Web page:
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From Inside the Flap
I wept for Adam Ashby.
Not because he lived such a degrading despairing life as a lowly convict, but because he had finally discovered acceptance and respect by the Aborigines of New South Wales... only to be shot down by his own people. He had bolted into the wilds rather than be flogged for his latest crime. This is a poignant story of a boy who in his teens searched for a kind and gentler world, where a person could be loved for simply being himself. Instead, he is jailed and thrown in with hardened criminals and military men who greedily seek power over their charges. In spite of what this criminal environment has in store for Adam, he nonetheless survives. Yet, it is his searching for empathetic love and respect that carries him into manhood. And, oh that ending! It hit me right in the gut! Masterful stuff!
JoEllen, Conger Book Reviews, USA
An engrossing read! A dark tale of what we must admit is not humanity’s finest hour.
Author Kev Richardson has caught the flavour and pure awfulness of the time about which he writes. His characters are well drawn and believable and seem bent on self-destruction, the only way of life they know. Without hesitation, I recommend this story to anyone who likes historical or mainstream tales.
Anne K. Edwards, eBook Reviews Weekly
Is life a shit, the unwanted waste of human effort? Is the world the poop-pail in which mankind wallows in the swill that life has become?
I am lost in a wilderness between boyhood and manhood, innocence and evil, understanding and uncaring, between two worlds-that of my nurture and that of my gaoler. And I fear the void.
Never have I needed to question values, nor doubt standards. Me and my world have ever been one, two parts of a whole in unison. Never have I considered that me and my environment are separate; never was there conflict between what it expected of me and me of it. Every standard I hold to-of life, mankind, love, honour-all are creations of the world I've known. The difference between right and wrong has ever been simple to distinguish, acceptance ever been instinctive. Never did I question that social behaviour rules the world.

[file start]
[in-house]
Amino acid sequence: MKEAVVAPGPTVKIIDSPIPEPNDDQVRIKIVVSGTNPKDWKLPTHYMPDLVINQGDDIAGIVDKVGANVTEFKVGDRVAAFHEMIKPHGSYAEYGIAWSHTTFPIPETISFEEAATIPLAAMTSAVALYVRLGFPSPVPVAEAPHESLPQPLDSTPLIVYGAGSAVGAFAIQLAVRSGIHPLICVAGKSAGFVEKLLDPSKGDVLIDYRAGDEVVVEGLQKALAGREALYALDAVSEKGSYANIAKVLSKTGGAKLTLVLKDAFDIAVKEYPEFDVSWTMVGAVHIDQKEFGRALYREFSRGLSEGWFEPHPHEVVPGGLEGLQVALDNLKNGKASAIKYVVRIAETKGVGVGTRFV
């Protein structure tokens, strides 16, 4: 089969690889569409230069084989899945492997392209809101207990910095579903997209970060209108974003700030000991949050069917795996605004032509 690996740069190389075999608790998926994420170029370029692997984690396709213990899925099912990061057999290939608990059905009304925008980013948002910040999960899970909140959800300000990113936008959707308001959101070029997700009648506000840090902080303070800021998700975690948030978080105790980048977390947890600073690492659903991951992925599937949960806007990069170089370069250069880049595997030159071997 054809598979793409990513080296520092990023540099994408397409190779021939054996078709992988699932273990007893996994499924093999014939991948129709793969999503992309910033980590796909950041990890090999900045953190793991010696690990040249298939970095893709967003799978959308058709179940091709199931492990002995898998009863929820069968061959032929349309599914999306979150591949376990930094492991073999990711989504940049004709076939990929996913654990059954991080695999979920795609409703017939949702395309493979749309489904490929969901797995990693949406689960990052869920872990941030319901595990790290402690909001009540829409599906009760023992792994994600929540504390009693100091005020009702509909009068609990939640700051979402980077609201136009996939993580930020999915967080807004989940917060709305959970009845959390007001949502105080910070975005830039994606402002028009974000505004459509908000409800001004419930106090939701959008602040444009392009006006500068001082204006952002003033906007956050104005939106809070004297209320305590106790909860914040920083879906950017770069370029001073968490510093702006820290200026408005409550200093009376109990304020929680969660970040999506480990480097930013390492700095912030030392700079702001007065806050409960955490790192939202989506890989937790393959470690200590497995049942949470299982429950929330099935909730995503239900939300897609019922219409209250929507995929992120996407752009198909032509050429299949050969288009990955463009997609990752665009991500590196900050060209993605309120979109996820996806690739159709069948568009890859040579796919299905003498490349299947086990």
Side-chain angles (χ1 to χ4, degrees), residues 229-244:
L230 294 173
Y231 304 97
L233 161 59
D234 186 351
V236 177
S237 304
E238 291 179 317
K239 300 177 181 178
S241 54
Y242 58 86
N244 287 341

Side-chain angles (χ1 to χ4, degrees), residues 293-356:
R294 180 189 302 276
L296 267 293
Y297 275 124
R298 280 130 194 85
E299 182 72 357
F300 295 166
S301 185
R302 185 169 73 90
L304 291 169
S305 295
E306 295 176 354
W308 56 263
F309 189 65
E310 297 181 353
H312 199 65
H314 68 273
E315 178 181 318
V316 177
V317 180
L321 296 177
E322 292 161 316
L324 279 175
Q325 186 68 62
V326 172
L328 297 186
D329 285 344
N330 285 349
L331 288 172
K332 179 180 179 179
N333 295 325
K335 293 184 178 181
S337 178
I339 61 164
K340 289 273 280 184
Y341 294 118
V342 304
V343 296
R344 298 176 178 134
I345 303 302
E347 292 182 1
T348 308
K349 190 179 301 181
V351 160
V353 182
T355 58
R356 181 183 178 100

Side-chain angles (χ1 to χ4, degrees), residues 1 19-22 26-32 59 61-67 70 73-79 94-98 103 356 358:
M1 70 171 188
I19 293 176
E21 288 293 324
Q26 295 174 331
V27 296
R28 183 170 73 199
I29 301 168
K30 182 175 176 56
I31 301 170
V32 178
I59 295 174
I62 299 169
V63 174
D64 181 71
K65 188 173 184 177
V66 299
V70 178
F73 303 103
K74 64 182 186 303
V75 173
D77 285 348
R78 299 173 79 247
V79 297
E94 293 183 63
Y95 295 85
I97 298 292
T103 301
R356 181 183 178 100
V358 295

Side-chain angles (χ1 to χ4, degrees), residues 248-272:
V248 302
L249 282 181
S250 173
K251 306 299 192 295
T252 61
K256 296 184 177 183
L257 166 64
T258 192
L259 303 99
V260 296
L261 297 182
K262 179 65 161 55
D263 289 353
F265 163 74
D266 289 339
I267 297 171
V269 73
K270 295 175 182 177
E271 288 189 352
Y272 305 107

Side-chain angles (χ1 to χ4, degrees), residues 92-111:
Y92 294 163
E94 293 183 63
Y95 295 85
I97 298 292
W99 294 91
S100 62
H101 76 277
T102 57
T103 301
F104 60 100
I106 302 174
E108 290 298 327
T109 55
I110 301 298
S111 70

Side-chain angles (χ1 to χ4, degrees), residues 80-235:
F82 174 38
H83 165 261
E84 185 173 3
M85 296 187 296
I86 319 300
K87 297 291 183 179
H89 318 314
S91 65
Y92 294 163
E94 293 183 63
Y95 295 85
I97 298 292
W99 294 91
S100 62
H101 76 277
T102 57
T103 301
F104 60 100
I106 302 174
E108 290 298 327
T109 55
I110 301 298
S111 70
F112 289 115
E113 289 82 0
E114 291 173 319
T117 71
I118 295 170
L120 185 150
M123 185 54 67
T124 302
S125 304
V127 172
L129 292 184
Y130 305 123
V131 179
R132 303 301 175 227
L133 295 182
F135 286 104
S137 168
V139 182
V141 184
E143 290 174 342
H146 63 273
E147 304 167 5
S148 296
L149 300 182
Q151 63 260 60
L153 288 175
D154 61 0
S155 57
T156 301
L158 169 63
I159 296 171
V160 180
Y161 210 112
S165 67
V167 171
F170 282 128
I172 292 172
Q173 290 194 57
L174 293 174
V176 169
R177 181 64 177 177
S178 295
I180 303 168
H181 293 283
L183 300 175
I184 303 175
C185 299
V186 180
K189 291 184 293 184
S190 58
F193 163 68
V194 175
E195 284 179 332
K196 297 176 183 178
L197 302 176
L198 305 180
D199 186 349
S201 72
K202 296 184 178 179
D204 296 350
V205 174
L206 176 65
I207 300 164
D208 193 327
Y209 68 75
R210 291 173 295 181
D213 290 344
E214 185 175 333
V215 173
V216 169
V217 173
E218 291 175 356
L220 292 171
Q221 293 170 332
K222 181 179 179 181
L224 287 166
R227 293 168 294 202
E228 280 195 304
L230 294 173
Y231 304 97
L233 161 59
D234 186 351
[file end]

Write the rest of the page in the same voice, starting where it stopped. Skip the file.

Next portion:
Yet now I find a crossroads.
The people of the world I am now part of insist my values are false, my standards based on false ideas. Can I have been naive in believing that in all men there is need each for the other if we are to live in harmony? I have ever followed a course true to such a belief-yet if they were right, that the environment my early world created is wrong, are then, the values nurtured by it wrong? Or have I simply failed to fairly assess them?
A frightening doubt.
Seven years they give me to accept their right, deny my wrong.
And they will chain me, flog me, degrade and abuse me until I do?
What superior sense of value is this?
I cannot understand their world, yet captive in its environment is surely, then, opportunity to gauge their values, weigh them against mine.
I will test it fair, listen with open mind, observe with open eyes.
Seven years will test it, the opportunity theirs, the challenge mine.
A year earlier, 1784, London's Newgate Prison
The portcullis crashed shut, a sound of such finality, a portent of doom.
They clung together, craving support, fearful of the future even more than the moment while the echo reverberated in their eardrums as if to stun them.
"Three more, Rufus."
The wagoner who brought them from the watch-house handed over papers, no doubt statements of witnesses, before hurriedly departing, the stench of his body leaving with him. And with him also departed their last contact with the free world.
The turnkey reached out as if through a mist, to unlock their shackles-to clatter ominously as he tossed them into a corner. There was scant ceremony to being put in gaol, they found, no information sought but a name and, because of their youth, ages. It seemed the only question otherwise asked was if the prisoner had means of support, yet their appearance spoke for itself.